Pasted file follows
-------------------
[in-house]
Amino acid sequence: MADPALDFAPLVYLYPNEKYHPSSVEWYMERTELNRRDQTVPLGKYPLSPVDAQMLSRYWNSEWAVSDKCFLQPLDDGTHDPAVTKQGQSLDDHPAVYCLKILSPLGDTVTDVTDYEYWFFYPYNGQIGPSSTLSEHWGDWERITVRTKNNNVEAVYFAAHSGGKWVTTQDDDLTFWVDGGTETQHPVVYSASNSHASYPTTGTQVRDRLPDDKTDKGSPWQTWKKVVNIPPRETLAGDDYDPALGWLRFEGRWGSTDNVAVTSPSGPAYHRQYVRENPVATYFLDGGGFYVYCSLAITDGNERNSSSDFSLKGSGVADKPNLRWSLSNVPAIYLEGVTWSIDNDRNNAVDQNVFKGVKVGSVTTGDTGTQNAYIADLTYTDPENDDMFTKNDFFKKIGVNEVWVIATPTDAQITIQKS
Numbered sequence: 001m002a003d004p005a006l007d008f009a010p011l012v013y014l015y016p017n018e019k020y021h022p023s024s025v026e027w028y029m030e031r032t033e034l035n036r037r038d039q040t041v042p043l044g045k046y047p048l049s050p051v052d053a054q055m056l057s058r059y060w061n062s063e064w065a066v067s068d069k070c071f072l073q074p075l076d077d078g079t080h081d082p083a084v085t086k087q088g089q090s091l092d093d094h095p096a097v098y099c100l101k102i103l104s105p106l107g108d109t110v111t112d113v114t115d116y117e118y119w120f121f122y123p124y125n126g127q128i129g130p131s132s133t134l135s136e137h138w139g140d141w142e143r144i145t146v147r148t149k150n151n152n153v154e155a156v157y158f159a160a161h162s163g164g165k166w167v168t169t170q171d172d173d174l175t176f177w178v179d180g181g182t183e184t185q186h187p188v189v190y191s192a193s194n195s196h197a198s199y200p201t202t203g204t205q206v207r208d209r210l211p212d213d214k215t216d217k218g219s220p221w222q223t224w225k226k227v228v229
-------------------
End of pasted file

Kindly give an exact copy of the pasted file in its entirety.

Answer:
[in-house]
Amino acid sequence: MADPALDFAPLVYLYPNEKYHPSSVEWYMERTELNRRDQTVPLGKYPLSPVDAQMLSRYWNSEWAVSDKCFLQPLDDGTHDPAVTKQGQSLDDHPAVYCLKILSPLGDTVTDVTDYEYWFFYPYNGQIGPSSTLSEHWGDWERITVRTKNNNVEAVYFAAHSGGKWVTTQDDDLTFWVDGGTETQHPVVYSASNSHASYPTTGTQVRDRLPDDKTDKGSPWQTWKKVVNIPPRETLAGDDYDPALGWLRFEGRWGSTDNVAVTSPSGPAYHRQYVRENPVATYFLDGGGFYVYCSLAITDGNERNSSSDFSLKGSGVADKPNLRWSLSNVPAIYLEGVTWSIDNDRNNAVDQNVFKGVKVGSVTTGDTGTQNAYIADLTYTDPENDDMFTKNDFFKKIGVNEVWVIATPTDAQITIQKS
Numbered sequence: 001m002a003d004p005a006l007d008f009a010p011l012v013y014l015y016p017n018e019k020y021h022p023s024s025v026e027w028y029m030e031r032t033e034l035n036r037r038d039q040t041v042p043l044g045k046y047p048l049s050p051v052d053a054q055m056l057s058r059y060w061n062s063e064w065a066v067s068d069k070c071f072l073q074p075l076d077d078g079t080h081d082p083a084v085t086k087q088g089q090s091l092d093d094h095p096a097v098y099c100l101k102i103l104s105p106l107g108d109t110v111t112d113v114t115d116y117e118y119w120f121f122y123p124y125n126g127q128i129g130p131s132s133t134l135s136e137h138w139g140d141w142e143r144i145t146v147r148t149k150n151n152n153v154e155a156v157y158f159a160a161h162s163g164g165k166w167v168t169t170q171d172d173d174l175t176f177w178v179d180g181g182t183e184t185q186h187p188v189v190y191s192a193s194n195s196h197a198s199y200p201t202t203g204t205q206v207r208d209r210l211p212d213d214k215t216d217k218g219s220p221w222q223t224w225k226k227v228v229